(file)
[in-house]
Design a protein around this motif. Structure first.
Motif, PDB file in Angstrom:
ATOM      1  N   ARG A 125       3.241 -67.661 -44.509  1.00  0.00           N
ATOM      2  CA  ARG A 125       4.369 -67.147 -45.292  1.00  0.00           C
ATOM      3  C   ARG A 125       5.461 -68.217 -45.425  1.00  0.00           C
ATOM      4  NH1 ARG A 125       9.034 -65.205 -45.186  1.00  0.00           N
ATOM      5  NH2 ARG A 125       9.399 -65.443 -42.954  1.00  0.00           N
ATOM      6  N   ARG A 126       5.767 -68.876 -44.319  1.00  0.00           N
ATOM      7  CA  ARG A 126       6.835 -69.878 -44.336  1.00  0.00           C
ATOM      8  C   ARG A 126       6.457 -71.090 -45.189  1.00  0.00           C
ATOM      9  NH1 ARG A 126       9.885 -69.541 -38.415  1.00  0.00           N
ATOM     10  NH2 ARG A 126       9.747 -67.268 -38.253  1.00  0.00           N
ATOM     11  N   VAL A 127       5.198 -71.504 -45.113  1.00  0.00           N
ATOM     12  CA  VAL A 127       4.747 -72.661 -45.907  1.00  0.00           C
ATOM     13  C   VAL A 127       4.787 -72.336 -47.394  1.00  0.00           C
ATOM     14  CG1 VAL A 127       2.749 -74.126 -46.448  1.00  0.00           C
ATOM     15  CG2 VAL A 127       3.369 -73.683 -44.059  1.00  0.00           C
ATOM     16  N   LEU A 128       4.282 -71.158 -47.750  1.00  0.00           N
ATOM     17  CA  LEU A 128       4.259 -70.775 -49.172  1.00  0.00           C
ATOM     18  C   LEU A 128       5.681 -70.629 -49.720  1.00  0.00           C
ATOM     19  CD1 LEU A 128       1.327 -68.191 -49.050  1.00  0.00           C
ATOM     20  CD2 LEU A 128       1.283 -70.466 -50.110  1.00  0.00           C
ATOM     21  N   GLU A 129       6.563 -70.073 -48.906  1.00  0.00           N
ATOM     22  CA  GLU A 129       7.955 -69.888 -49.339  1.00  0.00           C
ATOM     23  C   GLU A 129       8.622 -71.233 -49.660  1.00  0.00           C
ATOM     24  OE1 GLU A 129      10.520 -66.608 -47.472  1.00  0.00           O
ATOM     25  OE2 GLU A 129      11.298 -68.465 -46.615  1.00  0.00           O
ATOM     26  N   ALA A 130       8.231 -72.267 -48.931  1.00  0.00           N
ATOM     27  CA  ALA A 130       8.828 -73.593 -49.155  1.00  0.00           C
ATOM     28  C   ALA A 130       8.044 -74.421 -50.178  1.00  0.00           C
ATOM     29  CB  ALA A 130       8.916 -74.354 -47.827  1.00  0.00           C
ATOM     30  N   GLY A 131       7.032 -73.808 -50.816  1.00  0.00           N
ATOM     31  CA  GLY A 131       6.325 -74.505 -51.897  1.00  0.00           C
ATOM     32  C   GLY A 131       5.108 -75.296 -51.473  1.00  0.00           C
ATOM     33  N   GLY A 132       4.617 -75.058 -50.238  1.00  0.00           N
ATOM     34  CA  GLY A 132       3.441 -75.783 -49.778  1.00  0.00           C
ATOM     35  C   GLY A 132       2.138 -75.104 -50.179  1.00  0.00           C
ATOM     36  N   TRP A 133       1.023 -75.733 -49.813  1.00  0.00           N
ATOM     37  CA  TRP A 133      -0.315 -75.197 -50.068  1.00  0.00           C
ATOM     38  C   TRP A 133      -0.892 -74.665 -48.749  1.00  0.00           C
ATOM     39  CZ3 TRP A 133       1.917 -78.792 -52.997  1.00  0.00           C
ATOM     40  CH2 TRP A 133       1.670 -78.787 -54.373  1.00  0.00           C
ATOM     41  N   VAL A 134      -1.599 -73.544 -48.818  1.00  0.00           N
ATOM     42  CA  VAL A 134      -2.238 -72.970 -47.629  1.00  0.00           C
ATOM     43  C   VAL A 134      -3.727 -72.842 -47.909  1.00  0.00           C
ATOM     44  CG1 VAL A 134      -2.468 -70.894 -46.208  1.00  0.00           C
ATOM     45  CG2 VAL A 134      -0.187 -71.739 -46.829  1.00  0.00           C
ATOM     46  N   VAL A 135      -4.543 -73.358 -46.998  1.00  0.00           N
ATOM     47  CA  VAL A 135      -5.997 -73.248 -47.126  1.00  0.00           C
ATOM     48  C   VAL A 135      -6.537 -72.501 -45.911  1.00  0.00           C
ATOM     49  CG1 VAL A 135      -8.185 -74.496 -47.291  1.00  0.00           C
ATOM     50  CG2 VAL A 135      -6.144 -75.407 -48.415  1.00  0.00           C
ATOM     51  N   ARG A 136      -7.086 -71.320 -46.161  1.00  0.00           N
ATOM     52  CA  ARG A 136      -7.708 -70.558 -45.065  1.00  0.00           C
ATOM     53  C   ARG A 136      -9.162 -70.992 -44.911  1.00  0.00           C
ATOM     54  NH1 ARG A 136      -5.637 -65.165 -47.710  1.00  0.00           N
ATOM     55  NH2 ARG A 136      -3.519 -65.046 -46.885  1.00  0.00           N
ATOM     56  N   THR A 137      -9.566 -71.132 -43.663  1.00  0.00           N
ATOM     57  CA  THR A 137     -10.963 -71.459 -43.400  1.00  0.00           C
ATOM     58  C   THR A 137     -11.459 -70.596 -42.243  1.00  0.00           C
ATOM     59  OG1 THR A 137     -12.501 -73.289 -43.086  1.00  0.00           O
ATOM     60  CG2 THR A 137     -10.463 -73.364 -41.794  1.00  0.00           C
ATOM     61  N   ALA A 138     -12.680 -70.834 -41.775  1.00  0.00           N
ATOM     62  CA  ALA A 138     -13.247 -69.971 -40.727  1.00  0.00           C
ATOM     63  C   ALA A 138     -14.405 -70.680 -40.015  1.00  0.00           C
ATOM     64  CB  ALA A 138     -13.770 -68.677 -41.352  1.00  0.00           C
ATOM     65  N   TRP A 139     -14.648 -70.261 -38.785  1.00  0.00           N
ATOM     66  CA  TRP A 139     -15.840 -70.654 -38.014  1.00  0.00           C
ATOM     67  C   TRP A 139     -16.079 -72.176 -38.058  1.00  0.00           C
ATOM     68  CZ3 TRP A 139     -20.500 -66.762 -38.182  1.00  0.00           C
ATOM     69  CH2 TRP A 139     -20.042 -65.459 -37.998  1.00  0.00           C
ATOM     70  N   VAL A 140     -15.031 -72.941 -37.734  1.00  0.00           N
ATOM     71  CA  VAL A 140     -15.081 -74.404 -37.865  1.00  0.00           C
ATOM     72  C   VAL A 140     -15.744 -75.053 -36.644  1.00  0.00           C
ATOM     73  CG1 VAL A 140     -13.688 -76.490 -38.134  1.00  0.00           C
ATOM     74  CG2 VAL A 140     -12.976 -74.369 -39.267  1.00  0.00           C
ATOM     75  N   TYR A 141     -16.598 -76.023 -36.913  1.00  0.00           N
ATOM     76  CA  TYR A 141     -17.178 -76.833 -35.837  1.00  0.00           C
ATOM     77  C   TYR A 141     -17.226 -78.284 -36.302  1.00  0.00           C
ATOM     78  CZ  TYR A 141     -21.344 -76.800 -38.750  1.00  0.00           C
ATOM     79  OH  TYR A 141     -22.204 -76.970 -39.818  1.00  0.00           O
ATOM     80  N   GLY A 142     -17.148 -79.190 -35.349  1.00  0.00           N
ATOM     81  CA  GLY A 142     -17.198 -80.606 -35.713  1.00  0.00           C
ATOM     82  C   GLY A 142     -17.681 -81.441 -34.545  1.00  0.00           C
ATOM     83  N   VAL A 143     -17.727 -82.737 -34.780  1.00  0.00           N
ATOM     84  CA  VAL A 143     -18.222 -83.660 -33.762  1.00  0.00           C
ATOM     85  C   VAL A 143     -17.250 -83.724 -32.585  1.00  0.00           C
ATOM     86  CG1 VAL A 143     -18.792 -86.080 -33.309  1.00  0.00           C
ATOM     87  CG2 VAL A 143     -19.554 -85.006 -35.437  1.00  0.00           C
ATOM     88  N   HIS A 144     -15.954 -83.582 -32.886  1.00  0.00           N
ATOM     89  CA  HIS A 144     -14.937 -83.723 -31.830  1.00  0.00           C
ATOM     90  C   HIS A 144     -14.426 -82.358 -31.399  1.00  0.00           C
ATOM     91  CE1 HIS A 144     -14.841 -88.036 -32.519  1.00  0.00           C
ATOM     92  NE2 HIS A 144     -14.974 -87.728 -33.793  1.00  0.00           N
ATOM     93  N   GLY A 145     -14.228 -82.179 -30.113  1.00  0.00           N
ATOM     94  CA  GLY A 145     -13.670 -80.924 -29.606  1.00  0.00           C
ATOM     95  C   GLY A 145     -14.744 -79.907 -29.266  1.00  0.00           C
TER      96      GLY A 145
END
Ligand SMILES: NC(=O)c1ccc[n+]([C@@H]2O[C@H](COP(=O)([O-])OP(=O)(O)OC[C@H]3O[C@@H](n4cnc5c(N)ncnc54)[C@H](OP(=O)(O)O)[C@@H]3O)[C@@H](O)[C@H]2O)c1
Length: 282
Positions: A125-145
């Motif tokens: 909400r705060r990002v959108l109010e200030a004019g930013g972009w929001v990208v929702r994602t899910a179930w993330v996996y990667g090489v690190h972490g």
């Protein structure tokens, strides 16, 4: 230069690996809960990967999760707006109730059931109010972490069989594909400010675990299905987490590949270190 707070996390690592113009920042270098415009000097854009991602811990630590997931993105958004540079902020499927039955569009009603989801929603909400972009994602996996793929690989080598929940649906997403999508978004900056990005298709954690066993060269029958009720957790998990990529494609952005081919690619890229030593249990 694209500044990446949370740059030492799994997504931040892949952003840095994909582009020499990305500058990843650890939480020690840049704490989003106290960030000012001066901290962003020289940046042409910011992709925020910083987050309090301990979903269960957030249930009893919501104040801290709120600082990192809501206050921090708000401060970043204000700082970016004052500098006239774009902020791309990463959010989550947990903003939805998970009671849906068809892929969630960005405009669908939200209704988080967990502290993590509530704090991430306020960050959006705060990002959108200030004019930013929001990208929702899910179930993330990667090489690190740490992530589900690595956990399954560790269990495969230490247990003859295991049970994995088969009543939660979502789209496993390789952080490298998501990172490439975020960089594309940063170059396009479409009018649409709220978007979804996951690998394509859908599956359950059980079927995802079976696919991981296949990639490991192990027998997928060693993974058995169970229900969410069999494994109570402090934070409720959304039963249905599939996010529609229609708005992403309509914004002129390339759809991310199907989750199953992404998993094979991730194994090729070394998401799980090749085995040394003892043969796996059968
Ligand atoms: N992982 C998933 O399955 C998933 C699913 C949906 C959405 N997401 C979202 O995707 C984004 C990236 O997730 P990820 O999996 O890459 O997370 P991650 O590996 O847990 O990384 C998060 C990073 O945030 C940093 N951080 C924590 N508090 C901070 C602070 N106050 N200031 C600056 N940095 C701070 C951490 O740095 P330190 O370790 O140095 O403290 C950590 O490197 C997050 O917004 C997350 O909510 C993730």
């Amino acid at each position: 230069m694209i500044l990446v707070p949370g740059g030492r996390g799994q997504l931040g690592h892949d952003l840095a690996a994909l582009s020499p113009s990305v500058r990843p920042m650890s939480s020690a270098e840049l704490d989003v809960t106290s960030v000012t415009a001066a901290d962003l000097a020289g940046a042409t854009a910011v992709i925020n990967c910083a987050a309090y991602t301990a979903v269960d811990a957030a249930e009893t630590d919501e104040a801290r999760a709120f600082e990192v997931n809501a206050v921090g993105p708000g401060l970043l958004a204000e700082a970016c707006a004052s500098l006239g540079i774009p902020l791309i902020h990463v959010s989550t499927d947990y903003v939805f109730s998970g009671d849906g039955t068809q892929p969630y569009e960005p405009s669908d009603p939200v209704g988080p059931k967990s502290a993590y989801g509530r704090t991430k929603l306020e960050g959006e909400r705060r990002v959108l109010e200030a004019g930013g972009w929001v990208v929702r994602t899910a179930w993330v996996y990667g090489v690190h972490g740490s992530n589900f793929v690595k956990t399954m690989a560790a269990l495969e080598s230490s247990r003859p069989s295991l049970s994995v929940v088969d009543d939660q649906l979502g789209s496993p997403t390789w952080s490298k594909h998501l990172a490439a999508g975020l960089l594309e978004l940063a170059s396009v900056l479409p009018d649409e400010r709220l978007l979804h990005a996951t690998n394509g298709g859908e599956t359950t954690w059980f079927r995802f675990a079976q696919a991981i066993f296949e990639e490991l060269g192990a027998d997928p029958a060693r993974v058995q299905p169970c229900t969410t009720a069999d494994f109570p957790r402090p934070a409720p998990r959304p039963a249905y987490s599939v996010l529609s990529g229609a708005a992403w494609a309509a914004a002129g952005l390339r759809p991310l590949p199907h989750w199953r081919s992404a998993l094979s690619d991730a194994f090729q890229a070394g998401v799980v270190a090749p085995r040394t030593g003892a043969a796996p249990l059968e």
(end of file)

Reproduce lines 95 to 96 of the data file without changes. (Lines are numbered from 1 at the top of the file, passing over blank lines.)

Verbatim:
ATOM     92  NE2 HIS A 144     -14.974 -87.728 -33.793  1.00  0.00           N
ATOM     93  N   GLY A 145     -14.228 -82.179 -30.113  1.00  0.00           N